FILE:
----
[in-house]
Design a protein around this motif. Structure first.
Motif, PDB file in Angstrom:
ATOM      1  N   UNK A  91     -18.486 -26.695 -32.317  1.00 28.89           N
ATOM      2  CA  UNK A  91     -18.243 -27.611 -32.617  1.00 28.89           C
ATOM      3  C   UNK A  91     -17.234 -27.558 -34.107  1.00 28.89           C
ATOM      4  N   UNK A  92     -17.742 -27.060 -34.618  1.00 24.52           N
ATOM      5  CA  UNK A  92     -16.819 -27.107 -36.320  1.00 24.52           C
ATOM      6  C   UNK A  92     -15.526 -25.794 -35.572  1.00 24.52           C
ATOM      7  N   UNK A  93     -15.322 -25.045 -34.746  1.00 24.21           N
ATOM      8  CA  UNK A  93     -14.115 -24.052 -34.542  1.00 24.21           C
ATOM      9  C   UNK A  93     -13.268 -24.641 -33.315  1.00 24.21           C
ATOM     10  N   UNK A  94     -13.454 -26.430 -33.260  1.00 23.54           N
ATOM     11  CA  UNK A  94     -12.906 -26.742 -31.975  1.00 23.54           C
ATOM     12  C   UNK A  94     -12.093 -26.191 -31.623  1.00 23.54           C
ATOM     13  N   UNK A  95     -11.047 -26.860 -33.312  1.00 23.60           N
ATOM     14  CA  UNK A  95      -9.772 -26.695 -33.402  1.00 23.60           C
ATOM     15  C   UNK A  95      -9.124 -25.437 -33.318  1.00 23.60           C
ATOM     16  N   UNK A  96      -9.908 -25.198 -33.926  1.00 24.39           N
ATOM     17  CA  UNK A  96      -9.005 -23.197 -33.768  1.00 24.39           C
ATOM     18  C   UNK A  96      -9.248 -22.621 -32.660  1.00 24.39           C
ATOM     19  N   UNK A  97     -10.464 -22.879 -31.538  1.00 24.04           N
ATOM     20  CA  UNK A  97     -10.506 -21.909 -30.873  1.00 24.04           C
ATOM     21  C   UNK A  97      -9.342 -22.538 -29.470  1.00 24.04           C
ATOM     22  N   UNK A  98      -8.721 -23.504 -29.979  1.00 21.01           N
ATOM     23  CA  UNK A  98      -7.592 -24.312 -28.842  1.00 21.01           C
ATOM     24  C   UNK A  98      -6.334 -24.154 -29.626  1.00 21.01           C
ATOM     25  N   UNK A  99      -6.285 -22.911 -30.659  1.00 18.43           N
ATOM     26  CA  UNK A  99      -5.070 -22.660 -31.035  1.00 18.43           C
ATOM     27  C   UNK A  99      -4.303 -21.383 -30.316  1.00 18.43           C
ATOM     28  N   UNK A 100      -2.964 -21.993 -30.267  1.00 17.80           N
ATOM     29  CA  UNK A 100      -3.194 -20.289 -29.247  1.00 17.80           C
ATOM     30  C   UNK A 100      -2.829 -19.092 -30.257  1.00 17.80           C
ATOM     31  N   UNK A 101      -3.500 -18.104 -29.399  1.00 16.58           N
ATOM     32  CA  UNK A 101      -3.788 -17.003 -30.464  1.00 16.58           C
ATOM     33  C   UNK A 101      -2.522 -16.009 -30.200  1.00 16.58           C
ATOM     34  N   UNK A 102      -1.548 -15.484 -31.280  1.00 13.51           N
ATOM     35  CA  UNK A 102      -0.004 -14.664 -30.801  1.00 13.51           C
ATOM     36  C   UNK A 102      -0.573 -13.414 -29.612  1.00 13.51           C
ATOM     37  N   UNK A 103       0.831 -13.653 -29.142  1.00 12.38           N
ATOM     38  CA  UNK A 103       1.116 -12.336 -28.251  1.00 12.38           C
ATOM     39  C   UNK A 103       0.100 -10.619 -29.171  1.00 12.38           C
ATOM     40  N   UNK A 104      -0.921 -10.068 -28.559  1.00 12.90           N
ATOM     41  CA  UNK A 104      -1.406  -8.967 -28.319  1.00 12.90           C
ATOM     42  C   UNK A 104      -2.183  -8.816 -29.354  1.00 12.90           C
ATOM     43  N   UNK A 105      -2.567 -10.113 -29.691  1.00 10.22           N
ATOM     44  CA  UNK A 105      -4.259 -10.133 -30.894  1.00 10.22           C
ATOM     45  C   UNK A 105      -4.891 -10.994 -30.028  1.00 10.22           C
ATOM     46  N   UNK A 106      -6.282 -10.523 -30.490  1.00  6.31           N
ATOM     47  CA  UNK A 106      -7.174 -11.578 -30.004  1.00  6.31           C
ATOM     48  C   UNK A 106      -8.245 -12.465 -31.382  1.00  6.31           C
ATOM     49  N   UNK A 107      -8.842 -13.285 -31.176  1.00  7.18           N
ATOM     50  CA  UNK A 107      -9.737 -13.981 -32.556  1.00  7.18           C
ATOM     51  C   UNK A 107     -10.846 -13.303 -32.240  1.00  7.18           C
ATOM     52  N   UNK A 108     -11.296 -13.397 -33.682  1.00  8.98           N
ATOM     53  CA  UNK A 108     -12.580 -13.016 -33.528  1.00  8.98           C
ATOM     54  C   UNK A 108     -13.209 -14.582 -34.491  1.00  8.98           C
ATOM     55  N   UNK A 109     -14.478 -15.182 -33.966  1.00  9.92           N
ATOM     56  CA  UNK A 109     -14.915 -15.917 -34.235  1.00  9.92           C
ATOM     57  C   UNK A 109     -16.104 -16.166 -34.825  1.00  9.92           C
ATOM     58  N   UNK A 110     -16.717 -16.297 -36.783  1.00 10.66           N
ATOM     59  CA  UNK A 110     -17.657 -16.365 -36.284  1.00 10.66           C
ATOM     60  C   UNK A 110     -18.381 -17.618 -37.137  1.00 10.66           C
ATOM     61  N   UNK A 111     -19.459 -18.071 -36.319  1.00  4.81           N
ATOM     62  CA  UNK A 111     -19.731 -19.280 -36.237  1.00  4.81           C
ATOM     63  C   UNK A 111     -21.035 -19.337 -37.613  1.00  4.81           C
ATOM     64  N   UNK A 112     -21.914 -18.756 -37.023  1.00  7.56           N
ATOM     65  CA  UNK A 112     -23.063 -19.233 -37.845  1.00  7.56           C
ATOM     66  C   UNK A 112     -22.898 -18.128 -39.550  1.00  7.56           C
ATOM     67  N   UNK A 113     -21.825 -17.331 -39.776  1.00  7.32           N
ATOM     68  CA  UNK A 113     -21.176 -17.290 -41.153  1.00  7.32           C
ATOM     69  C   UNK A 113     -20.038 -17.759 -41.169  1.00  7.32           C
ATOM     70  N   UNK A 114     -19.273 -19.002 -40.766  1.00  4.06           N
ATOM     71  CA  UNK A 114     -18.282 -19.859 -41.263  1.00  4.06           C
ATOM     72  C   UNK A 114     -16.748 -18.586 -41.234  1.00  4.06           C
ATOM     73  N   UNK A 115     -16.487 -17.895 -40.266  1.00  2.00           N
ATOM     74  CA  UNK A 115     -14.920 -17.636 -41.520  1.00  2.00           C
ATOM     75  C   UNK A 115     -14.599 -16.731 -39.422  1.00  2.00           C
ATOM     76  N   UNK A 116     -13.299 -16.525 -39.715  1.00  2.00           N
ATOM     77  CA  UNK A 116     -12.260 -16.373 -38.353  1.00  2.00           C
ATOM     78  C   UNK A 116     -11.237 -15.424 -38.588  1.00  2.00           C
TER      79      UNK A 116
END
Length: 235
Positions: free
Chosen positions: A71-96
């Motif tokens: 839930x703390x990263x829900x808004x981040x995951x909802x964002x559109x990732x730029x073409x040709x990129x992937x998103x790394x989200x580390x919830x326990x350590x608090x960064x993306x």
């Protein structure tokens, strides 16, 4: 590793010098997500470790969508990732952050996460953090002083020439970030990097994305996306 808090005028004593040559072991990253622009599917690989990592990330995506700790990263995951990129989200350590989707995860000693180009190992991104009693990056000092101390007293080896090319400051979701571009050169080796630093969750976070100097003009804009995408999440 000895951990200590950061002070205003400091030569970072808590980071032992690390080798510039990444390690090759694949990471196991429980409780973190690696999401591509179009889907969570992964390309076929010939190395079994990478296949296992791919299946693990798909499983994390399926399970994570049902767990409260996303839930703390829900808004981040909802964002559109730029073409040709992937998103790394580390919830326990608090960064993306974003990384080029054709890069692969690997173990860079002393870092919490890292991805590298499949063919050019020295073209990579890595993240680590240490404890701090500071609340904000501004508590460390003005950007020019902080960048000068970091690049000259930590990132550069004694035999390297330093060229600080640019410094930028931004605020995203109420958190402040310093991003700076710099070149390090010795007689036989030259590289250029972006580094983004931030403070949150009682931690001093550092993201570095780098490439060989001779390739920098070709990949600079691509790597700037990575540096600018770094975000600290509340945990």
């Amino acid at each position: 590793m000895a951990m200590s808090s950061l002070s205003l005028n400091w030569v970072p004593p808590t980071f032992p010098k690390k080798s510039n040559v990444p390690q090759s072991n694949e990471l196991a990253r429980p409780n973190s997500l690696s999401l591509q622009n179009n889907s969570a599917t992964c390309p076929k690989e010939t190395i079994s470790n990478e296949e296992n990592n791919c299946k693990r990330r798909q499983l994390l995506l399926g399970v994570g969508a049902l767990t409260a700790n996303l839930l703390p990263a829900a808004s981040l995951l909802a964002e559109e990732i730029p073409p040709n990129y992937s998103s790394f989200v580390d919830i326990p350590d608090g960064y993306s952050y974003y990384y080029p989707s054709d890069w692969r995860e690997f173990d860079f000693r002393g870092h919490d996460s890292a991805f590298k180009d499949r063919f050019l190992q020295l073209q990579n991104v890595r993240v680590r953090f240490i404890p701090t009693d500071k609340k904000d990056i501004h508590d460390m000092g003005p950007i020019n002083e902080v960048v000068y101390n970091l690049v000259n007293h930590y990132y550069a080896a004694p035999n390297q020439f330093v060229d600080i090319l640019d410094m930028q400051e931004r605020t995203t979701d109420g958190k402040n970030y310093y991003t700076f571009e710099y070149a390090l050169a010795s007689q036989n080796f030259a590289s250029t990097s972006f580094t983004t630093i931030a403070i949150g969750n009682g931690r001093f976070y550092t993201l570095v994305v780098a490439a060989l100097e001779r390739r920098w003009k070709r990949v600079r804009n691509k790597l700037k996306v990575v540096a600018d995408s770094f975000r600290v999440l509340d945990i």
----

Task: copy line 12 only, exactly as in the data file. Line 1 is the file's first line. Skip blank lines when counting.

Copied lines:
ATOM      9  C   UNK A  93     -13.268 -24.641 -33.315  1.00 24.21           C